" Whether he will or no ;” others, " Whether he will or not.” Of these it is the latter only that is analogical. There is an ellipsis of the verb in the last clause, which when you supply, you find it necessary to use the adverb not ; 66 Whether he will or will not."
Canon the third. When the terms or expressions are in other respects equal, that ought to be preferred which is most agreeable to the éar.-Of this we have many examples. Delicateness has very properly given way to delicacy; and for a like reason authenlicity will probably soon displace authenticalness, and vindictive dispossess vindicalive altogether.
Canon the fourth.
In cases wherein none of the foregoing rules gives either side a ground of preference, a regard to simplicity, (in which I include etymology when manifest, ought to determine our choice.
Under the name simplicity, I must be understood to comprehend also brevity ; for that expression is always the simplest which, with equal purity and perspicuity, is the briefest. We have, for instance, several active verbs, which are used either with or without a preposition indiscriminately. Thus
we say, either accept or accept of, admit or admit of, approde or approve of ; in like manner, address or address to, altain or attain to. In such instances it will hold, I suppose, pretty generally, that the simple form is preferable.
Every thing favoured by good use, not on that account worthy lo
be retained. I come now to the second question for ascertaining both the extent of the authority claimed by custom, and the rightful prerogatives of criticism. As no term, idiom, or application, that is totally unsupported by use, can be admitted to be good; is every term, idiom, and application, that is countenanced by use, to be esteemed good, and therefore worthy to be retained ?-1 answer, that though nothing in language can be good, from which use withholds her approbation, there may be many things to which she gives it, that are not in all respects good, or such as are worthy to be retained and imitated. In some instances, custom may very properly be checked by criticism, which has a sort of negative, and though not the censorian power of instant degradation, the privilege of remonstrating, and by means of this, when used discreetly, of bringing what is bad into disrepute, and so cancelling it gradually ; but which has no positive right to establish any thing. I shall therefore subjoin a few remarks, under the form of canons, in relation to those words or expressions, which may be thought to merit degradation from the rank they have hitherto maintained ; submitting these remarks entirely, as every thing of the kind must be submitted, to the final determination of the impartial public.
Canon the first.
All words and phrases which are remarkably harsh and unharmonious, and not absolutely necessary, should be rejected. -Such are the words, un-success-ful-ness, dis-interest-ed-ness ; conventiclers, peremptorily; holily, farriering. They are heavy and drawling, ill compacted, and difficult of utterance ; and they have nothing to compensate for their defect of harmony, and unpleasantness of sound.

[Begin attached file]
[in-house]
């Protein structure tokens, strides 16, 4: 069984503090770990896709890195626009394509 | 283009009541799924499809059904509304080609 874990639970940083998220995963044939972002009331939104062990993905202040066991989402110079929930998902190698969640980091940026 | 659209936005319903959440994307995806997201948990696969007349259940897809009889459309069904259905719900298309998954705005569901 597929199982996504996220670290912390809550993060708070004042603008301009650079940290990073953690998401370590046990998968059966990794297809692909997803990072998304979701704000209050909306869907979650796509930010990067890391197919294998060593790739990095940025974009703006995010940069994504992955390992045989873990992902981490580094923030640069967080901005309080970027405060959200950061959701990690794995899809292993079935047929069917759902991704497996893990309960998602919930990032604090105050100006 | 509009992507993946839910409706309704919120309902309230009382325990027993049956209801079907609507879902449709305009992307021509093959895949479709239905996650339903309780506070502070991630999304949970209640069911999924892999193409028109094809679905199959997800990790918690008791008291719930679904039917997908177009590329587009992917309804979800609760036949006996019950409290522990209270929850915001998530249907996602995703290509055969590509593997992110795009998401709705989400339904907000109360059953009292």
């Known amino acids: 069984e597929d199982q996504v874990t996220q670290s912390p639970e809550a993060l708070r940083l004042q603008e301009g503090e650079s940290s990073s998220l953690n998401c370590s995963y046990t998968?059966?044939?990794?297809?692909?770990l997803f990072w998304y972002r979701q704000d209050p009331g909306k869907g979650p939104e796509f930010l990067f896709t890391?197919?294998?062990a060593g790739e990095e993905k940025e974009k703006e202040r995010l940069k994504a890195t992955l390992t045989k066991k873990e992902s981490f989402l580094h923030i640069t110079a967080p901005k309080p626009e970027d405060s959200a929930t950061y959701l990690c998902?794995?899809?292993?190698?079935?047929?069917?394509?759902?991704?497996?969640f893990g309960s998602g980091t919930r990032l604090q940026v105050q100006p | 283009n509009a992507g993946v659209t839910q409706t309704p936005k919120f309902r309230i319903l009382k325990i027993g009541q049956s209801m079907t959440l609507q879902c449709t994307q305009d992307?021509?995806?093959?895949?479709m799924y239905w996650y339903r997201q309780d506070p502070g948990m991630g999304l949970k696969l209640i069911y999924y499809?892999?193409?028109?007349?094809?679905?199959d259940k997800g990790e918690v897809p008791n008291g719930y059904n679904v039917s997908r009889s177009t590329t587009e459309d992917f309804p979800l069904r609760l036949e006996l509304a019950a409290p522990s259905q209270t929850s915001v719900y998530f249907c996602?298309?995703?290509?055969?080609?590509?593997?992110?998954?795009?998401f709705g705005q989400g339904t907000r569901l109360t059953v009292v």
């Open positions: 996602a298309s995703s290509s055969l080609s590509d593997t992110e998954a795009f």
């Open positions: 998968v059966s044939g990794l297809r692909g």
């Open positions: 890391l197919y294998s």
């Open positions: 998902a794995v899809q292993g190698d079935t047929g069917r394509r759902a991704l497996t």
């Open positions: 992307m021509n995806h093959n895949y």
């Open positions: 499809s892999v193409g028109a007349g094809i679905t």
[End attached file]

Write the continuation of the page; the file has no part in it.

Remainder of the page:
Canon the second. When etymology plainly points to a signification different from that which the word commonly bears, propriety and Vol. 1.
simplicity both require its dismission.-Of this kind is the word beholden, for obliged or indebted. It should regularly be the passive participle of the verb to behold, which would convey a sense totally different. The verb to unloose, should analogically signify to tie, in like manner as to untie signifies to loose. To what purpose is it, then, to retain a term, without any necessity in a signification the reverse of that which its etymology manifestly suggests ?
Canon the third.
When any words become obsolete, or at least are never used, except as constituting part of particular phrases, it is better to dispense with their service entirely, and give up the phrases.—Examples of this we have in the words lief, 'dint, whit, mool, pro, and con; as, “ I had as lief go myself.” for “I
“ should like as well to go myself." “ “ He convinced his antagonist by dint of argument," that is, " by strength of argument.” “He made them yield by dint of arms,”—" by force of arms." “He is not a whit better,"_" no better." mention is a moot point," _“ a disputable point.” ".
« The question was strenuously debated pro and con,"_" on both
_ sides." These are low phraseologies; and savour so much of cant, that good writers will carefully avoid them.
• The case you
Canon the fourth. All those phrases, which, when analyzed grammatically, include a solecism ; and all those to which use has affixed a particular sense, but which, when explained by the general and established rules of the language, are susceptible either of a different sense, or of no sense, ought to be discarded altogether.
It is this kind of phraseology which is distinguished by the epithet idiomatical, and which has been originally the spawn, partly of ignorance, and partly of affectation. Of the first sort, which includes a solecism, is the phrase, “I had rather do such a thing," for, “I would rather do it." "I had do,” is a gross violation of the rules of conjugation in our language.of the second sort, which, when explained grammatically, leads to a different sense from what the words in conjunction generally bear, is, the following expression, common in the mouths of many persons; “He sings a good song.'
The words strictly considered, signify, that “the song is good;" whereas the speaker's meaning is, that " He sings well." Under the third sort, which can scarcely be considered as literally conveying any sense, may be ranked a number of